33 PGNCS : So you say. You say the probability is "extremely small" that causation would be attributed to lack of a second pilot. How do you know this? Do you h
34 HAL : Then (as a 25+ year pilot) I would hate to have you as my FO. I want someone involved with the flight and decision making, not a detached 'switch-fli
35 XFSUgimpLB41X : Maybe a half % of landings each day are autolands. Yes, I said .5%. It really is that low. Most autolands are for aircraft currency. Even fewer are a
36 Post contains images MrChips : Moreover, show me a computer that has the decision-making ability of a pilot and I'll show you a computer that can easily replace an engineer at any
37 PGNCS : Agreed, HAL. I want and expect my FO to be involved with all aspects of the flight. I expect him or her to notice errors I make and call them to my a
38 JohnMKE : based off what? based on my prediction 40-45yrs a man with a Scottish accent will beam humans to the planed destination. 50-60yrs humans will ascend
39 XFSUgimpLB41X : Absolutely spot on!
40 Planemaker : First of all, it is not a huge leap... IT is already making "command" decisions faster and better than humans in many areas. In 15 years IT it will b
41 Alias1024 : When computers have the ability to think like and problem solve at the same level as a human we can talk about moving to single pilot operations. When
42 MrChips : So if it isn't worthy of consideration, how then do you propose to link up with an aircraft flying a polar route that runs into trouble? Normal GEO s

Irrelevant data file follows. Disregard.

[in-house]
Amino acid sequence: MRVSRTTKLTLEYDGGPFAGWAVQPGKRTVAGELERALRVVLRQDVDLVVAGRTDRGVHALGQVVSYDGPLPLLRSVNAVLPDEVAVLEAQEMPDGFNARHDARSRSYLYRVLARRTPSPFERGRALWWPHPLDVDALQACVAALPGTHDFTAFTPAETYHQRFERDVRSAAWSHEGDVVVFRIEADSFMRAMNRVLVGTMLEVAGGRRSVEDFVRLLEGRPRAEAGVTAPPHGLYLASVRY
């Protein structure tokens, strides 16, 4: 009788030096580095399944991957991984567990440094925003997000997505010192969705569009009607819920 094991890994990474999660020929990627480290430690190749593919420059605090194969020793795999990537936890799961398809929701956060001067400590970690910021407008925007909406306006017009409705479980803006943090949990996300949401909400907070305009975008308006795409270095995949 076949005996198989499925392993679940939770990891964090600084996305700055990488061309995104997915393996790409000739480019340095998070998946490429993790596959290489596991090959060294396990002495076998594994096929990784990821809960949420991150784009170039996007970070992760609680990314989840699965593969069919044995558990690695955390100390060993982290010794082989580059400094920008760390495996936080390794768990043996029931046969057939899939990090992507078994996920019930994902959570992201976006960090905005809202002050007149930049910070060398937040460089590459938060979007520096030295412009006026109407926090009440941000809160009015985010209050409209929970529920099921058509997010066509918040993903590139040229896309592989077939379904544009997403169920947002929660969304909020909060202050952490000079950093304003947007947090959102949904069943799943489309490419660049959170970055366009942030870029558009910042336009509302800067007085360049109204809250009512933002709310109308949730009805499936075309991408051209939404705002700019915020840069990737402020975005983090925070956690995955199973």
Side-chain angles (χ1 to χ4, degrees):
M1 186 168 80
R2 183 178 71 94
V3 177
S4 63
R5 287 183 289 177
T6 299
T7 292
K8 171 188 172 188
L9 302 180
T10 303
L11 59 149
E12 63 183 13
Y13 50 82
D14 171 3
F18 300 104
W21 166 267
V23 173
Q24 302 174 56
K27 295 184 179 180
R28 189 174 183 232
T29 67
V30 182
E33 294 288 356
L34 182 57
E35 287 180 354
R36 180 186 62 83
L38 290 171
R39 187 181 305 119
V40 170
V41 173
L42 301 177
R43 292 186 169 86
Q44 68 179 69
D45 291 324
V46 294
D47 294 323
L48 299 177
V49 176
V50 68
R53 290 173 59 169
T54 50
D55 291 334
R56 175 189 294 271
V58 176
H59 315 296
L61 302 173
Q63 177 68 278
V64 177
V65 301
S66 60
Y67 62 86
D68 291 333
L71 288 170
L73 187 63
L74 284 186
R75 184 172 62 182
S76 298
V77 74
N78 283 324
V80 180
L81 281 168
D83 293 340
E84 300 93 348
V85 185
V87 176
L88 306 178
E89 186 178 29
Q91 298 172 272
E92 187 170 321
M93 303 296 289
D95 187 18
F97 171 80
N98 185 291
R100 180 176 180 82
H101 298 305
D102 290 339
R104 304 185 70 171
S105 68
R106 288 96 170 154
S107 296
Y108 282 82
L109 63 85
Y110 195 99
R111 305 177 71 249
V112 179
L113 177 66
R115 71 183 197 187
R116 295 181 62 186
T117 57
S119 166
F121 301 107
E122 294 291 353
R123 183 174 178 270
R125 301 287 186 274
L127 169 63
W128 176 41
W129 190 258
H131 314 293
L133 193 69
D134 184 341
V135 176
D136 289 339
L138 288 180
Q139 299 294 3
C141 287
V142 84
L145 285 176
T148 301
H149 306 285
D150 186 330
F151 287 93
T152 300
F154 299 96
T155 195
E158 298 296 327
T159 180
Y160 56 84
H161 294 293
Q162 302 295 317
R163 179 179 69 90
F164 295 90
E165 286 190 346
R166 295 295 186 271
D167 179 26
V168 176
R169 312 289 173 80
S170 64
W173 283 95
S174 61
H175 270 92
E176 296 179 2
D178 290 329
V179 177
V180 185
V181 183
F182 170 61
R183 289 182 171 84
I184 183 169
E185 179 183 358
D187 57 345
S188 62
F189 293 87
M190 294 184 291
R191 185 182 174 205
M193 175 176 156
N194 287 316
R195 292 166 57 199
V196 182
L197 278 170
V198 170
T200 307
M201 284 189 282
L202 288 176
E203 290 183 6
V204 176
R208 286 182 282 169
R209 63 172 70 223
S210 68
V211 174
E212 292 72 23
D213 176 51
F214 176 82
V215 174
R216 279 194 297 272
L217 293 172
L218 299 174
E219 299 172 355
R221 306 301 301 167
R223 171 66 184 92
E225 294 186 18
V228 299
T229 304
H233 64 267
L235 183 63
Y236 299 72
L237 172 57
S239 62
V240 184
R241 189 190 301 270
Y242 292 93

43 B2707SST : To reiterate what someone else said above, the pilot on the ground surely will have to be trained as robustly as the onboard pilot and clearly has to
44 Planemaker : So why aren't all the FBW aircraft crashing? And computers do not have to be "infallible" (though they certainly are less so than humans!) The reason
45 Silentbob : I know more than a few captains that treat the FOs that way.
46 Planemaker : And you think that it still will be in 15 years time? It is really interesting at how the naysayers are always projecting "yesterday's" technology as
47 Transpac787 : Save for how a computer can land an A320 in a 8 knot crosswind while a human can do a 30 knot crosswind.
48 Aircellist : I had UA 232 in mind as well... Not because it is an accident I think will happen again, but because it was an unforeseeable situation, which could on
49 Planemaker : But as time passes the machines have gained ground at being experts... and reproduceable at scale at that, while we, humans, have continued to be fal
50 Post contains images Transpac787 : Through and through, your posts remind me of that 1960's movie "2001: A Space Odyssey", how that in 40 years we'd be traveling to the planets. And no
51 Post contains images GymClassHero : I find it disturbing that some on here WANT SP or NP ops, what kind of aviation enthusiasts are you people? How many of you are here just to look at p
52 Post contains links HAL : FBW is simple mechanics! It translates what a HUMAN asks it to do, and does it. The FBW system does not make the decisions on where to go, when to ma
53 DocLightning : Until one day the comm goes inop and then the single pilot has a medical event and so the plane now has no pilot. This is like saying that there will